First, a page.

Map: OS 1:50,000 no. 72
Attendees: Me, Big Dog, Small Dog
Many years ago I drove through Lamington en route to Somewhere Else. It was so long ago I can’t remember where Somewhere Else was. Or why I went there. I do recollect the Lamington section of the journey though. It was the first time I’d seen Holy Trinity Chapel, a beautiful little building tucked off the A702 towards the east end of the village.
I’ve been back several times since. The Chapel dates to 1857 and was once owned by a wealthy local family. Now it’s in the trust of the Biggar Mueseum. The building’s normally locked but there are worse ways to spend an hour than wandering its grounds.
The Chapel 1
P1100815 by Neil Mackay, on Flickr
The Chapel 2
P1100817 by Neil Mackay, on Flickr
Cross in the old graveyard
P1100813 by Neil Mackay, on Flickr
Metal gate at rear of cemetery
fullsizeoutput_3099 by Neil Mackay, on Flickr
On one such visit I discovered that a small metal gate to the rear of the graveyard offers a decent start / finish point for an alternative trek to Lamington Hill. Parking can be found nearby in Lamington’s main street, on the opposite side of the A702. There’s also a bus stop here.
Today it’s a greyish mid-morning as I go through the gate on to a path that quickly widens to a track. To my left is a field used for grazing horses, to my right a copper coloured hedge and intermittent tree line.
A short distance on, a muddy driveway is joined. In a previous life, this was a Roman road. An old tennis court -presumably not of Roman origin- is visible nearby. It looks unused.
I turn right onto the driveway, passing an area of recently felled trees. There’s nobody about but several boughs and branches have been piled up and a controlled fire set. Blue woodsmoke curls into the air. I find myself lingering over the scent - too much urban living I guess.
Path/track looking back towards the Chapel
fullsizeoutput_309a by Neil Mackay, on Flickr
Driveway at end of track - turn right here
fullsizeoutput_309b by Neil Mackay, on Flickr
Turning second left off the driveway brings me to Lamington Kennels. A metallic stag stands guard on the approach. Small Dog eyes is wary. A sign directs walkers on a left fork above -and behind- the main kennel block. I try to sneak by but there are several dogs in residence. We’re spotted. There’s a brief exchange of barking between my two and the rest. It seems more reflex than hostile; tails are being wagged all round.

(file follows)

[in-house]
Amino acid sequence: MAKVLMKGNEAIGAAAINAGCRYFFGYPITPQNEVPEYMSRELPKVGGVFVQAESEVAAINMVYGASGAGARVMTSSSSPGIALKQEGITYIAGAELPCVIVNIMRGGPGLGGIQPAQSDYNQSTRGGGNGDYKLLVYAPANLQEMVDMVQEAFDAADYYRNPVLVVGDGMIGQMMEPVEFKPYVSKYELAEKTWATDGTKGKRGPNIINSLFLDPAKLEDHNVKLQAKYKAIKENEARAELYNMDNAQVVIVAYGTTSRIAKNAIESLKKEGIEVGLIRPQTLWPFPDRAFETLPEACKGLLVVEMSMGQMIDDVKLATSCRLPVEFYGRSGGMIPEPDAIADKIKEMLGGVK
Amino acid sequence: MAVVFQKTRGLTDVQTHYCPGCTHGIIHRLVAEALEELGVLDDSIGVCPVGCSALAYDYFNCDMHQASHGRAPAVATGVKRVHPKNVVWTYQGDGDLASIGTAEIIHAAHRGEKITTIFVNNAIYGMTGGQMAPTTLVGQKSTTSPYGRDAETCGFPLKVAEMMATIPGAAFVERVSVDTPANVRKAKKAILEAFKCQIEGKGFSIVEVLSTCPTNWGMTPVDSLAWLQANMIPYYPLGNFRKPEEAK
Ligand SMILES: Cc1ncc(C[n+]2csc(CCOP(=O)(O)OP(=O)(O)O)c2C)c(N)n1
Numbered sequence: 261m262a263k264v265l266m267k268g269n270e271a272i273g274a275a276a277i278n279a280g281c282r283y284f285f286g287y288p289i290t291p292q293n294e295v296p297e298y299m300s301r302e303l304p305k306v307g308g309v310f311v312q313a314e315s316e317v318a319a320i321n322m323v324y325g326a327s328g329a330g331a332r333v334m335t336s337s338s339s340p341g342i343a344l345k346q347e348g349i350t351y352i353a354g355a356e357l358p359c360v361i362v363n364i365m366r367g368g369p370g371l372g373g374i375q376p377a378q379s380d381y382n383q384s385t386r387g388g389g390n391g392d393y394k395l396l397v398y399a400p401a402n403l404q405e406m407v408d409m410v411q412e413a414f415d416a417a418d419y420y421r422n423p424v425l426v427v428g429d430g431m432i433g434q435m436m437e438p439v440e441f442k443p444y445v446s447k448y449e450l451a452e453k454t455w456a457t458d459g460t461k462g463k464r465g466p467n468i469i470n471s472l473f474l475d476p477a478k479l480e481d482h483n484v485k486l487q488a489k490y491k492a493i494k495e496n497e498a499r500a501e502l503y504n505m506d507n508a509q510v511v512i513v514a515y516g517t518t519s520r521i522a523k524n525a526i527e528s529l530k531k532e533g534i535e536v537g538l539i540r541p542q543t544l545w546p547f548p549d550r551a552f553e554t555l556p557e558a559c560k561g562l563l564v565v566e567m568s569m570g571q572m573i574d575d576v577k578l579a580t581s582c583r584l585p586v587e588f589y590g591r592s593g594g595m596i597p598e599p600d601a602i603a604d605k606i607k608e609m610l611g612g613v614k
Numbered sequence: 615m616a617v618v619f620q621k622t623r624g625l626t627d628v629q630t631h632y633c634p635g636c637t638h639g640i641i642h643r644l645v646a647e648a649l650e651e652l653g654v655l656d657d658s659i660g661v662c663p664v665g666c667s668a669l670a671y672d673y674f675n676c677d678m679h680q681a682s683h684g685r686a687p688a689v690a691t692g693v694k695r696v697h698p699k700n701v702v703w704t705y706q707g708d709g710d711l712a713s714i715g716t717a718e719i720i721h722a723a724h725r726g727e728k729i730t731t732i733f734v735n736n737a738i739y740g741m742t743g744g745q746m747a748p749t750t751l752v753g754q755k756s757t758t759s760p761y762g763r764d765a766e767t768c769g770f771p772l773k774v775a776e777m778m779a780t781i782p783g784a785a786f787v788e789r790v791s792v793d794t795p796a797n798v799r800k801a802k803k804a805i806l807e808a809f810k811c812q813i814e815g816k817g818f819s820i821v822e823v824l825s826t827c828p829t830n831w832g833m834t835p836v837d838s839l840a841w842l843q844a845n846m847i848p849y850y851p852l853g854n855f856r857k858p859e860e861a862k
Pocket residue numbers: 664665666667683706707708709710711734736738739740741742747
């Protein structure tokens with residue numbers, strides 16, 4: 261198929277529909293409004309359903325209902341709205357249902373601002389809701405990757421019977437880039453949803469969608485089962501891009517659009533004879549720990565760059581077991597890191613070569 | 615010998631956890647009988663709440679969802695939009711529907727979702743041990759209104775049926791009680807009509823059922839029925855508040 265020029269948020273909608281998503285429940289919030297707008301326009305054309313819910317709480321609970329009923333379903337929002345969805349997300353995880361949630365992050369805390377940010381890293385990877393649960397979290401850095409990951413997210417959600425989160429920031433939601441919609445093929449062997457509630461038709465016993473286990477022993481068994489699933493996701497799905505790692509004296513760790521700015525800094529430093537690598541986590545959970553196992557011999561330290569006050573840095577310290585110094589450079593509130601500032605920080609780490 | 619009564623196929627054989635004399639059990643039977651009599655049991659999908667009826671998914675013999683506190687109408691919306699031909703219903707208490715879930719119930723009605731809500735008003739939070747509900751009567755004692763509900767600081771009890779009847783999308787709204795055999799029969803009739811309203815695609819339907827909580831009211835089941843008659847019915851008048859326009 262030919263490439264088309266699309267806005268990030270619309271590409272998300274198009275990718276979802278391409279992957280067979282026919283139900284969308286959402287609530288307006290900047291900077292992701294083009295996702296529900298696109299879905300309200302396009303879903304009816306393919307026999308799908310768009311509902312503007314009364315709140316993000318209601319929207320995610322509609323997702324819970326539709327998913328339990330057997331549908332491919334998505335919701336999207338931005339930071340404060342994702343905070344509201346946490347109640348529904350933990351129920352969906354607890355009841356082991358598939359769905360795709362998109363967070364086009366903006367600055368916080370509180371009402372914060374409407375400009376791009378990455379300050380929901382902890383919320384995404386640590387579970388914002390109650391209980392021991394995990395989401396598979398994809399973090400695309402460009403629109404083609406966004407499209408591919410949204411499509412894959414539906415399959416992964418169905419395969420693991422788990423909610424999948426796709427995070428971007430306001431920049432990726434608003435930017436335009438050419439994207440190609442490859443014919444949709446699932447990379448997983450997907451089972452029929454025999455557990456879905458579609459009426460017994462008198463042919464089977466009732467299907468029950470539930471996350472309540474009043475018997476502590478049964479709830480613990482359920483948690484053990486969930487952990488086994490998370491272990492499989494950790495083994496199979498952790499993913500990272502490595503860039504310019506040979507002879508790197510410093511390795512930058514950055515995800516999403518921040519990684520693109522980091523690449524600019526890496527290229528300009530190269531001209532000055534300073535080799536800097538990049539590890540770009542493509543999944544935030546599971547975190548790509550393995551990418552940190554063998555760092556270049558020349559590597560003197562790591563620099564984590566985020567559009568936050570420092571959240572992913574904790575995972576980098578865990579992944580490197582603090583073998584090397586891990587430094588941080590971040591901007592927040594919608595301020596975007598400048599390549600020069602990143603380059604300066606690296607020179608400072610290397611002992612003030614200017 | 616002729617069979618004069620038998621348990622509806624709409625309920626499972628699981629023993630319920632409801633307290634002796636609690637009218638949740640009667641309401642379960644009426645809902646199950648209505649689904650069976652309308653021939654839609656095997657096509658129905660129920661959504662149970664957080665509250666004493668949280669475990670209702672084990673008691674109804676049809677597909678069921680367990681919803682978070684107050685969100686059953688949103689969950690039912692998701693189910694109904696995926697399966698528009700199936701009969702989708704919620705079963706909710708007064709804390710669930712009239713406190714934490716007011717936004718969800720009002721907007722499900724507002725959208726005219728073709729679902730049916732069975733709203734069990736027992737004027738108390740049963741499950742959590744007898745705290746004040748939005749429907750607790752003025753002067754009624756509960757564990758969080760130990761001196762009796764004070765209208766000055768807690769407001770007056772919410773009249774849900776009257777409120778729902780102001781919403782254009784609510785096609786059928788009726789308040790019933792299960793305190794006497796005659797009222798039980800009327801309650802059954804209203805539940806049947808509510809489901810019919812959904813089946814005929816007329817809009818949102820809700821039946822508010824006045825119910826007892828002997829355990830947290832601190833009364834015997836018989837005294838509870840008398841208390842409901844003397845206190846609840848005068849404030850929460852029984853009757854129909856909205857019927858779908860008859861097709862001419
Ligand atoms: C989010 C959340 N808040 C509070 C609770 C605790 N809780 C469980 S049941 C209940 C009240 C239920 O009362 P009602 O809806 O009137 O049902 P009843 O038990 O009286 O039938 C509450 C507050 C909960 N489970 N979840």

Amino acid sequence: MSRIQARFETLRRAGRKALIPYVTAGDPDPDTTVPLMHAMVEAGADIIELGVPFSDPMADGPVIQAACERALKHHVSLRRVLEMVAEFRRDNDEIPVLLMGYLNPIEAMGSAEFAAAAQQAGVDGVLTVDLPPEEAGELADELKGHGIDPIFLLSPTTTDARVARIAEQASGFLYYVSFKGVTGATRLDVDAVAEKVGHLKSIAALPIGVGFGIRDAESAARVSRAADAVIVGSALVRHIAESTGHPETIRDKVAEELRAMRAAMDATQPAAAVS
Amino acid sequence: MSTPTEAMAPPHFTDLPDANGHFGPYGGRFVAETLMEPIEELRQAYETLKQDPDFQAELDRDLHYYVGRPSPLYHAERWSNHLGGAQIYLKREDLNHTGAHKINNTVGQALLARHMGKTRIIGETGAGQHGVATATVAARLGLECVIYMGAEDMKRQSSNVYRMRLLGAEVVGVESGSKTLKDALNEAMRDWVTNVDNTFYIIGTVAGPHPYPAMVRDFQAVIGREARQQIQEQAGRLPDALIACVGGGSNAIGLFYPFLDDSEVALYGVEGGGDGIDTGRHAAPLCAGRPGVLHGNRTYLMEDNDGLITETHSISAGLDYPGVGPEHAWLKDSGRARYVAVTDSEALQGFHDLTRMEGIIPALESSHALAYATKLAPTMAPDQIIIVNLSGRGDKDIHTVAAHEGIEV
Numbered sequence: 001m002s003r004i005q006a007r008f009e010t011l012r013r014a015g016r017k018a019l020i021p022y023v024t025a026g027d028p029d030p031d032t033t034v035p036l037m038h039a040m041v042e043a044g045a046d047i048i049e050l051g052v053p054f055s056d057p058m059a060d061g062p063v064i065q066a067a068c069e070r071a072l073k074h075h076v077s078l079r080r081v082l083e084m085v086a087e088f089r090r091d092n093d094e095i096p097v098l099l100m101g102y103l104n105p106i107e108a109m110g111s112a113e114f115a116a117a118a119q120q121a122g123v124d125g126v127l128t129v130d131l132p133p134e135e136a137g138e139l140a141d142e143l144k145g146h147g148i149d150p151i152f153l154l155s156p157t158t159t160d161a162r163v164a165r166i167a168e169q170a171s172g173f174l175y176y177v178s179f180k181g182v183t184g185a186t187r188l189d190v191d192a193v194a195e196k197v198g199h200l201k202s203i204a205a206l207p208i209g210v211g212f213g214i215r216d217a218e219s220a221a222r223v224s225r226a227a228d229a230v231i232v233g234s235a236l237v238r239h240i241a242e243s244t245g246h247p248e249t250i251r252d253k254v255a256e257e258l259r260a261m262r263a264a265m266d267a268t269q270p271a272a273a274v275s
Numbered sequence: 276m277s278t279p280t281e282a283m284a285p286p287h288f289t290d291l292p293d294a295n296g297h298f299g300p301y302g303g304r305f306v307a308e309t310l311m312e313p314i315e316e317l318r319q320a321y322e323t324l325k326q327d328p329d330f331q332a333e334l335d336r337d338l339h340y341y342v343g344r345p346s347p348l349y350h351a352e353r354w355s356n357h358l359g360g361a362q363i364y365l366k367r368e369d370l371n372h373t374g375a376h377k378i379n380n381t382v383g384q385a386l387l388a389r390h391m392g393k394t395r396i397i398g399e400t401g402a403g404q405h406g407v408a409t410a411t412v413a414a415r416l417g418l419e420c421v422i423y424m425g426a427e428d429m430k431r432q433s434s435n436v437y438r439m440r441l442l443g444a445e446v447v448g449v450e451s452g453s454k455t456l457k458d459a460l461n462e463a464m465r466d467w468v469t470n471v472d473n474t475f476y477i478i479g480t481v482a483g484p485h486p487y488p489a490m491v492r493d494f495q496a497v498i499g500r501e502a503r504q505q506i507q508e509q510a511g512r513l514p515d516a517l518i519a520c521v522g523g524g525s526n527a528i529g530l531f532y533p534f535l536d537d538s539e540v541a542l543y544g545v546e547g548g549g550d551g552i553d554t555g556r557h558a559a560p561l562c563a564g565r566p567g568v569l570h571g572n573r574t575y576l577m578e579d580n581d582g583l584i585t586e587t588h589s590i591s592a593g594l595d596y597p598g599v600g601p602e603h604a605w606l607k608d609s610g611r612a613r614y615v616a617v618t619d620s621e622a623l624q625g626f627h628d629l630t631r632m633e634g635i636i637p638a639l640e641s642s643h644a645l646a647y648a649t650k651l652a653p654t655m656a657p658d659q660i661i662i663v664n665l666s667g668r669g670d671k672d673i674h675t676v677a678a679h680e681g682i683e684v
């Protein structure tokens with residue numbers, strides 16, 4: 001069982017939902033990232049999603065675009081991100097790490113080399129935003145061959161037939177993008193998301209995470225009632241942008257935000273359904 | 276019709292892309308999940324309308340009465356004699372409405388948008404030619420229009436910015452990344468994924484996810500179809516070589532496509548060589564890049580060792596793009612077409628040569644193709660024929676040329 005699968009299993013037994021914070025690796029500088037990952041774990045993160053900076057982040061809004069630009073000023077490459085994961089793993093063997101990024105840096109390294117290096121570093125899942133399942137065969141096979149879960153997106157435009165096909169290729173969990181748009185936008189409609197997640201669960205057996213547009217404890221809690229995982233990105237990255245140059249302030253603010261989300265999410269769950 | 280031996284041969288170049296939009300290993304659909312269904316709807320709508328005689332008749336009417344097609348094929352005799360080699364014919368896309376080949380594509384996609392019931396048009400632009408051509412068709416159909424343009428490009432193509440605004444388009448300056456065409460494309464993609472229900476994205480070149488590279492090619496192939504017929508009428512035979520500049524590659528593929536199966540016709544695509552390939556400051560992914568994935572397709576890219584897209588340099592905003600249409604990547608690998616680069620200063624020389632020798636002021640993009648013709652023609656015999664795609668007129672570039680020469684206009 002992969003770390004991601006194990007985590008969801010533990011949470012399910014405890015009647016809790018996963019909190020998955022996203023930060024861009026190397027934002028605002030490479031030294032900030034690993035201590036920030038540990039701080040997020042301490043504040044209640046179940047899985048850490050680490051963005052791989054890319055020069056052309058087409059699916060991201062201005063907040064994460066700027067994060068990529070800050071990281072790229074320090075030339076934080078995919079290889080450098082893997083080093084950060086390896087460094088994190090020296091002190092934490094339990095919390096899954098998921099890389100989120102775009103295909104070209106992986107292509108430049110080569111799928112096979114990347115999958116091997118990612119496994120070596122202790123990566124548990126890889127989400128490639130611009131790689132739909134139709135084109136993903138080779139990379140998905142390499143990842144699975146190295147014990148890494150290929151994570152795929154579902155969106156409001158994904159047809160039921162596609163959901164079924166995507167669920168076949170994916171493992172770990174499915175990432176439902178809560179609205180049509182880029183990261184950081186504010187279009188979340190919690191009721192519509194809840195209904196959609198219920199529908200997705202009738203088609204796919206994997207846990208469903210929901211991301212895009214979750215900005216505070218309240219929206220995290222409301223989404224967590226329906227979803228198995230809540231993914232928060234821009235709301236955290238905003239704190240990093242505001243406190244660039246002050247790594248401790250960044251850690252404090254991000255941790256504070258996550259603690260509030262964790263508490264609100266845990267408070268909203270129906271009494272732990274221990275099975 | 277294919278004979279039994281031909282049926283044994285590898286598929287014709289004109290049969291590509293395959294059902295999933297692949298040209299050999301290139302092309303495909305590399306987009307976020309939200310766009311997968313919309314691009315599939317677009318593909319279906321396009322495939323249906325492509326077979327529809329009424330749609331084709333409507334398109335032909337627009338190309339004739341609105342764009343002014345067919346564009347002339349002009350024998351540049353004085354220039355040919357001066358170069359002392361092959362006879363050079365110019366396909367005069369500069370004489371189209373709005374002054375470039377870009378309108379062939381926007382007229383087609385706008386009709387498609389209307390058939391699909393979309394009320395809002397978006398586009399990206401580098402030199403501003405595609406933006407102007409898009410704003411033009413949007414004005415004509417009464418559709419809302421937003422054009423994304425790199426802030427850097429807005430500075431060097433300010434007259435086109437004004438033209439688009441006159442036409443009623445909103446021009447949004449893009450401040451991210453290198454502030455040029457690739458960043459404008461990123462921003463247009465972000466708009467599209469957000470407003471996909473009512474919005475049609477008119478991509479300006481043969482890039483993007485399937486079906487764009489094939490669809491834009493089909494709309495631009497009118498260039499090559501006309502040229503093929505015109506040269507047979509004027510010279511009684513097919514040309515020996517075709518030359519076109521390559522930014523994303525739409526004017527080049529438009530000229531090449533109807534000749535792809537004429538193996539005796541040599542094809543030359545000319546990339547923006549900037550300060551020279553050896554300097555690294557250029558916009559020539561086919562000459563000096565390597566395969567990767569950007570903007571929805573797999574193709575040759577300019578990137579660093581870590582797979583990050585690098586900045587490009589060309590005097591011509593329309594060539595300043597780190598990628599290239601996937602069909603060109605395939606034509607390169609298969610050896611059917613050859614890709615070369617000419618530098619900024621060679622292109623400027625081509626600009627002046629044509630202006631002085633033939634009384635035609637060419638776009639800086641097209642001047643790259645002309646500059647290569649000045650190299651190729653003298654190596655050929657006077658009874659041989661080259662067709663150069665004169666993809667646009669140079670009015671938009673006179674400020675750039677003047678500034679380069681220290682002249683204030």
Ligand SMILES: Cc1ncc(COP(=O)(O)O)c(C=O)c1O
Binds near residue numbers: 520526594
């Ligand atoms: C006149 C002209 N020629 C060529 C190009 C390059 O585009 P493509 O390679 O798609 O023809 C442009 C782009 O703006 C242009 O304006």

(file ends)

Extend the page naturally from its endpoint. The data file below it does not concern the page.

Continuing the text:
Lamington Kennels and its metallic stag
fullsizeoutput_309c by Neil Mackay, on Flickr
Further along the upper track, there’s another fork. The track to the right would take me to Cowgill Loch and beyond. I take the less well-trod option to the left. It rises gently through a young plantation. Occasionally pheasants emerge from the undergrowth, disappearing back into it as quickly as they arrived.
The track ends at a wooden stile on the forestry edge. The stile’s an old one, shaky on its mountings and overhung by sopping trees. Its top tread feels greasy smooth. I clamber slowly over the top. There are now clear views of Lamington Hill ahead. An obvious ATV track runs up its eastern slopes.
Left fork here upwards into the trees
fullsizeoutput_309d by Neil Mackay, on Flickr
Over an iron gate directly behind the stile, I follow a stone wall on soft, spongy, ground. Ahead, there’s another stile and another gate but you’d be hard pushed to go wrong here. I’m at the top 40 minutes after I set off. There are excellent views from the trig point, particularly NW to Tinto and SE to the Culter hills.
Gate behind the slippery stile - Lamington Hill beyond
fullsizeoutput_30a3 by Neil Mackay, on Flickr
Onwards and upwards
fullsizeoutput_30a0 by Neil Mackay, on Flickr
Big Dog at trig point with Tinto in the background
fullsizeoutput_309e by Neil Mackay, on Flickr
A few minutes are spent taking pictures and the dogs and I return by our outward route.
Close to the plantation again, I hear the distinctive honk of geese. High overhead, a large number are scrambling into formation for their winter journey elsewhere. I watch them for a time, marvelling at their energy and the dynamics of the group. Then I remember I have my own journey to undertake. A modest one by comparison - it’s still 15 minutes to the Chapel.
fullsizeoutput_30a1 by Neil Mackay, on Flickr
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